Issuu on Google+

C21 Resources a s e r v i c e o f b o s t o n fall 2008 c o l l e g e Encountering Jesus in the Scriptures daniel j. harrington, s.j. & christopher r. matthews A mong the various significant issues addressed by the twentyseven writings that make up the New Testament, two fundamental questions are, Who is Jesus? and Why is he important? The four Gospels look like biographies (at least in the ancient sense) and provide much information about Jesus’ life, teachings, activities, and death. However, none of them tells the whole story about Jesus. In fact, they all draw us back to the haunting question that Jesus posed to Peter and the other disciples, “But who do you say that I am?” (Mark 8:29). ability to undertake serious technical research and to communicate the results of modern scholarship to nonspecialists. The most authoritative Catholic document on biblical study is Vatican II’s 1965 Constitution on Divine Revelation (Dei verbum). This document describes the Scriptures as the word of God in human language and as the soul of theology, and insists that the church’s preaching be nourished and ruled by Scripture. It encourages interpreters to be sensitive to the literary forms and cultural assumptions of the societies in which the biblical authors wrote. It recognizes that the four Gospels are the products of a fairly long and complex development from Jesus through the oral and written traditions of the early church to the Gospel writers (Evangelists), while insisting that they tell us the honest truth about Jesus. author of the very well received Jesus of Nazareth (2007), in which he attempts to bring together modern historical-critical study and the insights of the Christian theological tradition, while insisting that Jesus’ divinity is the key to understand-ing the Gospels. This October, bishops from all over the world will convene in Rome for a synod on “The Word of God in the Life and Mission of the Church” to examine the practical pastoral effects of Dei verbum and to explore how biblical study and spirituality can be better encouraged among ordinary Catholics. Pope Benedict himself (Joseph Ratzinger) is also the Next to Jesus, Paul is the most important figure in the New Testament, and his understanding of Jesus has shaped Christian theology throughout the centuries. Pope Benedict XVI has proclaimed the period from June 29, 2008 to June 29, 2009 as the “Year of St. Paul.” Intended to mark the 2000th anniversary of Paul’s birth, the goal is to promote among Catholics as well as Protestants and Jews an increased appreciation of Paul’s life and writings. This issue of C21 Resources also marks the return of New Testament Abstracts to sponsorship by Boston College. This journal provides an objective report of current scholarship published in many different languages. In recent years, it has covered 2,100 articles and 800 books per annum. It was founded in 1956 when Weston College was the School of Theology of Boston College. Since 1968, it has resided with Weston Jesuit School of Theology in Cambridge. Now with Weston’s reaffiliation with Boston College, it has become part of the new School of Theology and Ministry. The editors of this issue have worked together for many years on New Testament Abstracts. In recent years, that question has occasioned thousands of scholarly books and articles. This development from 1985 to the present is sometimes called the “Third Quest of the Historical Jesus.” The “First Quest” took place from the late 18th to the early 20th century, and was brilliantly catalogued by Albert Schweitzer. The “Second Quest” refers to a brief period in the mid-1900s when some students of Rudolf Bultmann rejected his skepticism about Jesus and contended that we can know a good deal about Jesus’ teachings. The first two quests were carried on almost entirely by liberal German Protestant historians and theologians. The Third Quest, by contrast, has been both international and confessionally diverse, and has given special attention to the Jewishness of Jesus. This issue of C21 Resources seeks to make accessible some of the best modern scholarship on encountering Jesus in the Scriptures. Its focus is wider than the historians’ quest. These essays try to explain not only who Jesus was in the 1st century but also what he might mean in the 21st century. Most of the contributors are Catholic scholars who have proved their We believe that the essays that follow provide a sample of some positive and constructive research on Jesus today. The articles first appeared in journals intended for the general public and so represent popularizations of more technical material. We hope that they may serve as a good introduction to one area of modern biblical scholarship and as a help for readers in answering Jesus’ own question, “But who do you say that I am?” The Empress Zoe mosaics on the eastern wall of the southern gallery of Hagia Sophia date from the 11th century. Christ Pantocrator, clad in the dark blue robe, is seated in the middle against a golden background, giving his blessing with the right hand and holding the Bible in his left hand. boston college | c 21 resources | fall 2008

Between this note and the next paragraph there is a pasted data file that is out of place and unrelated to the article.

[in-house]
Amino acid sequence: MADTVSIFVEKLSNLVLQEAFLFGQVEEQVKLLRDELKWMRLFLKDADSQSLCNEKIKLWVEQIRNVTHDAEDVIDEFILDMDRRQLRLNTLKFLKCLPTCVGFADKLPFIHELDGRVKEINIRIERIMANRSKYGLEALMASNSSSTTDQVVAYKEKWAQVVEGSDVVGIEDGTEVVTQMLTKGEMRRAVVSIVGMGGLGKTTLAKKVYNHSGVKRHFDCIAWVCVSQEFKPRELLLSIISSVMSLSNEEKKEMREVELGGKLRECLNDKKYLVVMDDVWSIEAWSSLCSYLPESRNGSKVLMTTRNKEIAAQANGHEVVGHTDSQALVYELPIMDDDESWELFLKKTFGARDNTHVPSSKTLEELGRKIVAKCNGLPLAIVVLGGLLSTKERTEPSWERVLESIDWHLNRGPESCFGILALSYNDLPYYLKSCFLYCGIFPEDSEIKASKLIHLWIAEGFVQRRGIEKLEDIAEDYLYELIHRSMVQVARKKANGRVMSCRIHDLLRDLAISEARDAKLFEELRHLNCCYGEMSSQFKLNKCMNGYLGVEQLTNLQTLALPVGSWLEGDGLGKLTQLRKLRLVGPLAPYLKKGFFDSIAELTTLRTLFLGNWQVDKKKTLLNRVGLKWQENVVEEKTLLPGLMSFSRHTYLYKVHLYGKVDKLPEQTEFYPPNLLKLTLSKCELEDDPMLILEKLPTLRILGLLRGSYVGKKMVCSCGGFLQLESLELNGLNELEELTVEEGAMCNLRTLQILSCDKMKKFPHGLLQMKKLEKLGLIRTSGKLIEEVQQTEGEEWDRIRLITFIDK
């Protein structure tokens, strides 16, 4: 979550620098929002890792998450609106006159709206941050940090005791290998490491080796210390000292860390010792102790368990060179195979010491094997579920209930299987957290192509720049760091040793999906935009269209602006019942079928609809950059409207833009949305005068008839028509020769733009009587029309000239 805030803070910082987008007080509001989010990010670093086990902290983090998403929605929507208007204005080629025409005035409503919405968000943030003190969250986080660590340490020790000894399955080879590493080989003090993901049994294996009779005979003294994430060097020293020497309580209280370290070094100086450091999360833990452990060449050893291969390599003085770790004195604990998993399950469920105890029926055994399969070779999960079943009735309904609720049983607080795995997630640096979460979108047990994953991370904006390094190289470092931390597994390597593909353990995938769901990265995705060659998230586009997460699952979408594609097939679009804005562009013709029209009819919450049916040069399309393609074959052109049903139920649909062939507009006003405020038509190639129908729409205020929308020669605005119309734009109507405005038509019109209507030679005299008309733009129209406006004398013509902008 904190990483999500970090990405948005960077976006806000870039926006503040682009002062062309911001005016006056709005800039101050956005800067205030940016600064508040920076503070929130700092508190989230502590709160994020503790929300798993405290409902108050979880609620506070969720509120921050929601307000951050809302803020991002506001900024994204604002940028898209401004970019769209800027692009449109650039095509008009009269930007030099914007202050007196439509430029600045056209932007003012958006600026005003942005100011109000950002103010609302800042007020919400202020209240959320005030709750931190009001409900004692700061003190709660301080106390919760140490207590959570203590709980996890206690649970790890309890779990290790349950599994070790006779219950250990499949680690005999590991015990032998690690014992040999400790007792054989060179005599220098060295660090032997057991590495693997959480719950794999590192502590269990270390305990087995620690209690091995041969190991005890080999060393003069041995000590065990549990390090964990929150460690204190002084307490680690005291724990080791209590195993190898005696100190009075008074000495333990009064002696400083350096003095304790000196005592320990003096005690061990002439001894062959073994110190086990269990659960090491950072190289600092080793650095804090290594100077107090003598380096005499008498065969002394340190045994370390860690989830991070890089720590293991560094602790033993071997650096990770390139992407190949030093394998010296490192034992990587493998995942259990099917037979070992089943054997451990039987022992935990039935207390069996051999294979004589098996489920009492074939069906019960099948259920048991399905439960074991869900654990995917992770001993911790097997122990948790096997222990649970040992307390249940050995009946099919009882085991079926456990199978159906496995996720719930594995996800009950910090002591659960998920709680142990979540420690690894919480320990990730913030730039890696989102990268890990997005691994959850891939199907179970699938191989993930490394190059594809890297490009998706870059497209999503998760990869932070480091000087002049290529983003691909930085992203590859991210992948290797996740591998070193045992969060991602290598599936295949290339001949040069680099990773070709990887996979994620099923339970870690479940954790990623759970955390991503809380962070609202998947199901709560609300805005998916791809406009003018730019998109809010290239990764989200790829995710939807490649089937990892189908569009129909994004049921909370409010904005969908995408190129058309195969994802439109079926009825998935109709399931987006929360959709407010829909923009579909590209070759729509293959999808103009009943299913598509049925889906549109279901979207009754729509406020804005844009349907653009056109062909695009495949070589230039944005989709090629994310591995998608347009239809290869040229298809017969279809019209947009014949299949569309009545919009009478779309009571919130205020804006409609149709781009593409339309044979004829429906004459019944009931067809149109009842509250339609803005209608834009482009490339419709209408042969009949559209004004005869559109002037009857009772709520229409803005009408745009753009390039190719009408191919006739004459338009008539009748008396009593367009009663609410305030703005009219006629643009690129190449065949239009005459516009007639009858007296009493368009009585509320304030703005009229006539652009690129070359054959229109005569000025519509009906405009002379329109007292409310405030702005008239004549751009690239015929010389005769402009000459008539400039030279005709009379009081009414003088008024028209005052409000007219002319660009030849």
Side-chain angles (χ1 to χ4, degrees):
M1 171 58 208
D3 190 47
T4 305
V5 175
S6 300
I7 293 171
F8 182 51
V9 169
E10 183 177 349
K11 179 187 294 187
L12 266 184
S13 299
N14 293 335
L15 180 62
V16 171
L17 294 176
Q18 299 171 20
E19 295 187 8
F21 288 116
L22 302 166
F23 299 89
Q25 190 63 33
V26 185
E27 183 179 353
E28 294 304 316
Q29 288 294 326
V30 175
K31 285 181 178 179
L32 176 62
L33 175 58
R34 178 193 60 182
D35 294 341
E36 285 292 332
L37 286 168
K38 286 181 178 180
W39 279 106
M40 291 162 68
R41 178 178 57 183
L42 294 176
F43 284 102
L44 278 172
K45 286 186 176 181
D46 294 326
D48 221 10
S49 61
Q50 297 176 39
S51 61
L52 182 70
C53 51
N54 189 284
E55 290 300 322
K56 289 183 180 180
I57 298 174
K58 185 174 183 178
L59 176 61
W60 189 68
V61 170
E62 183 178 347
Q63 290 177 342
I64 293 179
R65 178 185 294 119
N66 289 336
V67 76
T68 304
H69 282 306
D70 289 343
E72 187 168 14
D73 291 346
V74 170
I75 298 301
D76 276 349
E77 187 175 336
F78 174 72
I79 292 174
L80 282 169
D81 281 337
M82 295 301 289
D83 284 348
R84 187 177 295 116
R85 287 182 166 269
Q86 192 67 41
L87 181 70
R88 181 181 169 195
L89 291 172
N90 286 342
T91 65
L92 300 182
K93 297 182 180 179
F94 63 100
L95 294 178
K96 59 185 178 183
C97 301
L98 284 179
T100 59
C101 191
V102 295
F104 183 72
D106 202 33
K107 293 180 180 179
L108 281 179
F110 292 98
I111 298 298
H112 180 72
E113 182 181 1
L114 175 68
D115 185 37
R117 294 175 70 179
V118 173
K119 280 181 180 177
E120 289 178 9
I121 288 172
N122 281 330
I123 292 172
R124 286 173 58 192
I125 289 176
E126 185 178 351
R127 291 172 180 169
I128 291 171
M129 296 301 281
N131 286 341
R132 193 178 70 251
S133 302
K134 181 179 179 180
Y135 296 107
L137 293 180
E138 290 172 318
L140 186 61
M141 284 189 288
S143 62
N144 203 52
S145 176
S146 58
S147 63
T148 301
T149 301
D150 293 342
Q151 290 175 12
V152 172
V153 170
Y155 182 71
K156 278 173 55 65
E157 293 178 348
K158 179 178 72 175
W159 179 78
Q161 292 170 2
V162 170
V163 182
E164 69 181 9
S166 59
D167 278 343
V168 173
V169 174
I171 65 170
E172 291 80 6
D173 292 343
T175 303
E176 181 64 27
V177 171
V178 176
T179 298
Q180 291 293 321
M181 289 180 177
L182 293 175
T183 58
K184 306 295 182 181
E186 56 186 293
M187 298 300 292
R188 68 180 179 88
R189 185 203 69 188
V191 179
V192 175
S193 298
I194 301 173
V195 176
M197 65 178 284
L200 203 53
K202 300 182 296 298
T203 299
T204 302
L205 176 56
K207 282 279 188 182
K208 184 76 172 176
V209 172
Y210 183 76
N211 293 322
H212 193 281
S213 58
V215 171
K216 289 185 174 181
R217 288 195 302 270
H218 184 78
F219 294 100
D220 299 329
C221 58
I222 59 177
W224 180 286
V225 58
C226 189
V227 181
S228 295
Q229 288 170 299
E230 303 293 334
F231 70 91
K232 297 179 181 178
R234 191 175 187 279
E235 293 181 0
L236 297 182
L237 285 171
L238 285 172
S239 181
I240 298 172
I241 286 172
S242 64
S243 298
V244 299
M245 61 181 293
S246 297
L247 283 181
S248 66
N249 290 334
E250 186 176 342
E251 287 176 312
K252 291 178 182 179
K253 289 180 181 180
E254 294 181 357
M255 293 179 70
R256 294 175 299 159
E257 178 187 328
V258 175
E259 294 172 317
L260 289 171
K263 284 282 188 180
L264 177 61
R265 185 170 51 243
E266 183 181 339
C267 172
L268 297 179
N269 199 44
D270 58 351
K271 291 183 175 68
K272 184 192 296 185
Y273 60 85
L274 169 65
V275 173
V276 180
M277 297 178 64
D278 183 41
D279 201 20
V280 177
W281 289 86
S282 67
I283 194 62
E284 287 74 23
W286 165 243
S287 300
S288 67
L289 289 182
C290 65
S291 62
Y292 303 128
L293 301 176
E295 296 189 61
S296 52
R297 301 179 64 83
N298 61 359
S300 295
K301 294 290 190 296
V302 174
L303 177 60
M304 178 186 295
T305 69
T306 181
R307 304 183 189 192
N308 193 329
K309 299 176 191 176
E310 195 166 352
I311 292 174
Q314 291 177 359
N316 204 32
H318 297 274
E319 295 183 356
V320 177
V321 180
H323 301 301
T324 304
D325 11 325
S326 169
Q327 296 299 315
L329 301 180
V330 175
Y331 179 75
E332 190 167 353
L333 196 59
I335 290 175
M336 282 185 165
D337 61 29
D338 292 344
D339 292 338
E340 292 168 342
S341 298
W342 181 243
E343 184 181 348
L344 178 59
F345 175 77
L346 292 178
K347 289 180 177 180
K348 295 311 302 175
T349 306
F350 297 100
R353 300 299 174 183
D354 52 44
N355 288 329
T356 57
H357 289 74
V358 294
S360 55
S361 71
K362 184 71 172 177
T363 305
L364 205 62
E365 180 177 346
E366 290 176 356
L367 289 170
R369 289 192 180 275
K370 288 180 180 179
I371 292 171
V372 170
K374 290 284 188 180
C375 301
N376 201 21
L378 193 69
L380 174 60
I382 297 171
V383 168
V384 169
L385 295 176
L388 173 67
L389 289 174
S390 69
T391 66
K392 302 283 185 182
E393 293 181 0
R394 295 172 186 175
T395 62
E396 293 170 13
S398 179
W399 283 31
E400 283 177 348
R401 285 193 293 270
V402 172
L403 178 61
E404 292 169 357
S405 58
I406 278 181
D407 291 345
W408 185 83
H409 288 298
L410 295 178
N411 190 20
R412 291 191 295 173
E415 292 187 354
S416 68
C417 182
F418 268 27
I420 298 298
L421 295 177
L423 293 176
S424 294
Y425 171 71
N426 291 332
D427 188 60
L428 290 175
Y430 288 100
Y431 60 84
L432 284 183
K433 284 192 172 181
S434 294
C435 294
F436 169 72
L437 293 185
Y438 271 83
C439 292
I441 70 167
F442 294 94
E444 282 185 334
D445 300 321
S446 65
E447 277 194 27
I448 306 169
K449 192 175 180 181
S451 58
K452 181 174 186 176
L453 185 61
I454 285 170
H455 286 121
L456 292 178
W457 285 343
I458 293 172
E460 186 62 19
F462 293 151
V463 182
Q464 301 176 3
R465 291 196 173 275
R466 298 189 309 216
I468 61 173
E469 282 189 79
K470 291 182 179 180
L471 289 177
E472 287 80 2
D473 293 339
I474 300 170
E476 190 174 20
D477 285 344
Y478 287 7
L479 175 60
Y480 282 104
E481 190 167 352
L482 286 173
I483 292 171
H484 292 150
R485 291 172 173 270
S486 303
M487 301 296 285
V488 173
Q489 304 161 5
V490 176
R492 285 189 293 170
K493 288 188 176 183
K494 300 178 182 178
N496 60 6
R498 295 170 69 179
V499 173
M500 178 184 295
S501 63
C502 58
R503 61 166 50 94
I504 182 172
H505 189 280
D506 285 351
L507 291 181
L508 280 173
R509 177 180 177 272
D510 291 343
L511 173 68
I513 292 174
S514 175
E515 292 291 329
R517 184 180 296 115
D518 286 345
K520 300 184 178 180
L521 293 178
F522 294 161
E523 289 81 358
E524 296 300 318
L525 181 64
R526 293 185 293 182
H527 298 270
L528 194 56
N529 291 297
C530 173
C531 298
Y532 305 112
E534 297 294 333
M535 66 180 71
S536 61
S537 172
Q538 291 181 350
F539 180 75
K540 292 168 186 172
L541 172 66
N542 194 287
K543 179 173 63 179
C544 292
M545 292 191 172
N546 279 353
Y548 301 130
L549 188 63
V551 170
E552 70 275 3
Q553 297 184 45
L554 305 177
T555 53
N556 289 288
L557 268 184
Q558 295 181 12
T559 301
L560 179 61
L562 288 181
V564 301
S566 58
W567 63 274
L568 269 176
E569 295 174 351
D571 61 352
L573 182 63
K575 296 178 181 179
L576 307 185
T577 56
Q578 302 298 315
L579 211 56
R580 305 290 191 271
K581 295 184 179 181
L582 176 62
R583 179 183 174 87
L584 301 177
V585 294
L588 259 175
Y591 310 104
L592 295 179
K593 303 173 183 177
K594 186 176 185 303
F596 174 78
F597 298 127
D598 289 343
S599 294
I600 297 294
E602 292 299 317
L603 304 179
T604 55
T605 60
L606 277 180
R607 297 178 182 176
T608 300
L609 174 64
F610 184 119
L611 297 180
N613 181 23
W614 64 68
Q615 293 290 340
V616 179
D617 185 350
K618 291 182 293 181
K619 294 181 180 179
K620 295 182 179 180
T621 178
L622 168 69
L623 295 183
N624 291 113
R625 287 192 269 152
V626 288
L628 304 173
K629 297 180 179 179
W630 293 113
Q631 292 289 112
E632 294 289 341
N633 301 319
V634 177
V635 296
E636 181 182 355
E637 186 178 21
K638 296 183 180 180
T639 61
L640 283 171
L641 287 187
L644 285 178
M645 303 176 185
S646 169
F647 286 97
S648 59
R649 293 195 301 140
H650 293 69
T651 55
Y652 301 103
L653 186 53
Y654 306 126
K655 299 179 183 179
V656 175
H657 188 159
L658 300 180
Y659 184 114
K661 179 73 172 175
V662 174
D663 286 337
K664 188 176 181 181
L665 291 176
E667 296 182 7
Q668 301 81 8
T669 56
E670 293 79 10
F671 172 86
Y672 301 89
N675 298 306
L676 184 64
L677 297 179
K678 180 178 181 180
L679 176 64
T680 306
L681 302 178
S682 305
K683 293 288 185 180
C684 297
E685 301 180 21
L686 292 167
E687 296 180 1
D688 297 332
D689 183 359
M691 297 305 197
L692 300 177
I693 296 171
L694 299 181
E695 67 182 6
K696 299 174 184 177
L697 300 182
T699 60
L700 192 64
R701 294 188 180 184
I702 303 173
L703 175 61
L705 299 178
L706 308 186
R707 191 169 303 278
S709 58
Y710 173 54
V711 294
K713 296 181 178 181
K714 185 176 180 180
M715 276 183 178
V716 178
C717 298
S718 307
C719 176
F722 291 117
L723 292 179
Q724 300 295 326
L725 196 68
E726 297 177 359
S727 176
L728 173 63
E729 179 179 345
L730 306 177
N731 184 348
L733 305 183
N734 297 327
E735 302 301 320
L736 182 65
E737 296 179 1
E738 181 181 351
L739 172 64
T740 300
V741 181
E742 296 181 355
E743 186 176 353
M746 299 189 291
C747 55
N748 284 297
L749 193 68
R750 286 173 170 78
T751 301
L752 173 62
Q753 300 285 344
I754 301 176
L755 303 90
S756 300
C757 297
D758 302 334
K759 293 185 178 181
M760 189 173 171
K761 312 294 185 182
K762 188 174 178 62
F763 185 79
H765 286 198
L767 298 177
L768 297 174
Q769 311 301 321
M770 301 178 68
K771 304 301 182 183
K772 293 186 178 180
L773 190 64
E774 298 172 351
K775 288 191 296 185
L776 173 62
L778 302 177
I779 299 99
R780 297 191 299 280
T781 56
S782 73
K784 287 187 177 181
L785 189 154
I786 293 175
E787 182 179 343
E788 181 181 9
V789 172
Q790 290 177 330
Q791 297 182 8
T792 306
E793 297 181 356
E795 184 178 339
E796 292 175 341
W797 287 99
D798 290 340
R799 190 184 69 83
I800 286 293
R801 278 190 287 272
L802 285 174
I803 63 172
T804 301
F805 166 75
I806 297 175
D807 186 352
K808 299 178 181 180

2008 Fall, Encountering Jesus in the Scriptures

Related publications